Illinois workers who have jobs in the transportation or nightlife industry may be more likely to get divorced. Furthermore, the divorce rate of people who work in math or science may be lower than the national average, according to a study presented by FlowingData based on the 2015 American Community Survey.
Researchers found that actuaries had a divorce rate lower than 20 percent. However, the divorce rate for bartenders was higher than 50 percent. In 2015, the national average was just above 35 percent. Gaming managers also had a divorce rate that was higher than 50 percent. Clergy, physicians and surgeons also had a lower-than-average divorce rate.
The occupations that correlated with a lower divorce rate often had a higher income and more stable hours. These could be major factors in maintaining a long-term relationship. The study also showed a correlation between income, divorce and the likelihood that a child could get sick.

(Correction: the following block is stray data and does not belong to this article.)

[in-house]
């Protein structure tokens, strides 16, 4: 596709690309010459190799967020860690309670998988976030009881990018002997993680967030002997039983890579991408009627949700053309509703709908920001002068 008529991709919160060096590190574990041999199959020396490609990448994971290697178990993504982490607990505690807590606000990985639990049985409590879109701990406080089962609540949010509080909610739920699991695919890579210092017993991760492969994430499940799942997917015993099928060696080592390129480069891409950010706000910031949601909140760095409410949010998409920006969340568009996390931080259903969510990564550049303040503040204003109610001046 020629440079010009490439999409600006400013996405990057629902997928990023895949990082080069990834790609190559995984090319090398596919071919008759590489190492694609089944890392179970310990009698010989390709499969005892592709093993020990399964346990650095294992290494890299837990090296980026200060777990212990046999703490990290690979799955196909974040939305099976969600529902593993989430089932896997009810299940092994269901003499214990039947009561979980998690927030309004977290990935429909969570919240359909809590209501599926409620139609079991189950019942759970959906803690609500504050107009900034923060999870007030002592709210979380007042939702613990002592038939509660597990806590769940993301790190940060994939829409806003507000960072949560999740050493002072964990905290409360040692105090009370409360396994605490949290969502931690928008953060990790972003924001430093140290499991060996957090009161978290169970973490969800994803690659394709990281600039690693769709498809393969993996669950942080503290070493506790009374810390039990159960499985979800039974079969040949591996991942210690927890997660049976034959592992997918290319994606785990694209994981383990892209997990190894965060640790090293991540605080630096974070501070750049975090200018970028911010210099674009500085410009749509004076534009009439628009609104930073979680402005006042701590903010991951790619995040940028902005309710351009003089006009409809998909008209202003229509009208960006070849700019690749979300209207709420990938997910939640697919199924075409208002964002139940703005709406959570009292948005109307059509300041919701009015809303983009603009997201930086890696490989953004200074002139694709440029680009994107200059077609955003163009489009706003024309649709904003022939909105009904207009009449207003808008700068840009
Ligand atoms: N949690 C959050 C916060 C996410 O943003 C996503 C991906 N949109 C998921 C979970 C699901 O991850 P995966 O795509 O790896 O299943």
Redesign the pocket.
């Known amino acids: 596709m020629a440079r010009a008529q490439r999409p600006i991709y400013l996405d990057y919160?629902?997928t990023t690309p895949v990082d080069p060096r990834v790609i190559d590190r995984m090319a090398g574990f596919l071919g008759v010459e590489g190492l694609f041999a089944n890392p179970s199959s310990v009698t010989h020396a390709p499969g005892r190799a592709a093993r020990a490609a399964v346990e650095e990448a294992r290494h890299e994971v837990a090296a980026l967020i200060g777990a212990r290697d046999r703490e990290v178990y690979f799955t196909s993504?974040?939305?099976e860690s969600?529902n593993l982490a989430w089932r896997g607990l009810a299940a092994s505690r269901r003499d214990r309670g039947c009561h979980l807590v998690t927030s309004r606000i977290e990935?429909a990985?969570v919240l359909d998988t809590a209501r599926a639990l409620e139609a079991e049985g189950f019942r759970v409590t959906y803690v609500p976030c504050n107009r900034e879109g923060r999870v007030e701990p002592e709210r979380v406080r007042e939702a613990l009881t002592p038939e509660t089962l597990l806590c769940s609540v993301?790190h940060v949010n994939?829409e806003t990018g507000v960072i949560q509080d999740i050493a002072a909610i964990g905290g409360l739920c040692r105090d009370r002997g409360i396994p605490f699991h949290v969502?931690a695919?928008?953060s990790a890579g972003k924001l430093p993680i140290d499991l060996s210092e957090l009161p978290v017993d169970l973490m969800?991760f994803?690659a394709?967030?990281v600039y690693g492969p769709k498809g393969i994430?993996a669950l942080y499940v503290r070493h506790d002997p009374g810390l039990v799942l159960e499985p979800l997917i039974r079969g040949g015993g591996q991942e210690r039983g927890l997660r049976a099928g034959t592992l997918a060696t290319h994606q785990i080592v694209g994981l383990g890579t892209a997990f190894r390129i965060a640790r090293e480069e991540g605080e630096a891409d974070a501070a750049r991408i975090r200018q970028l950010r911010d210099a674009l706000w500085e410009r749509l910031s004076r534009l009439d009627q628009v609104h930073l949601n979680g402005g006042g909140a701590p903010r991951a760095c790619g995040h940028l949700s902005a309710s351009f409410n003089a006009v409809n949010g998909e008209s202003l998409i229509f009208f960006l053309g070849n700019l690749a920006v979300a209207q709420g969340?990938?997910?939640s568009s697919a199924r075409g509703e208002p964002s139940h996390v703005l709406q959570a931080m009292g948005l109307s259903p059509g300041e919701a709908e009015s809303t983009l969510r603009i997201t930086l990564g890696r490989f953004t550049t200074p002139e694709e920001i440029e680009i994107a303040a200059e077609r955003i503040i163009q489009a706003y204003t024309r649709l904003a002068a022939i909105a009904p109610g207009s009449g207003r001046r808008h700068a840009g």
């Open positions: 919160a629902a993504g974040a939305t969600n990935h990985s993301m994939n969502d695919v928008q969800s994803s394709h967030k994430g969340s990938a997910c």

Another group of professions that had low divorce rates were those associated with rural areas. These include jobs in forestry, farming and fishing as well as military careers.
The fields that people work in, their incomes and their lifestyles may also be factors in divorce. For example, a career that involves a great deal of travel might not be compatible with being a custodial parent. Those who are going through a divorce may want to obtain legal representation. An attorney could help a client secure a fair divorce settlement and parenting agreement. Even if a separation is relatively harmonious, the lawyer could provide valuable guidance throughout the process.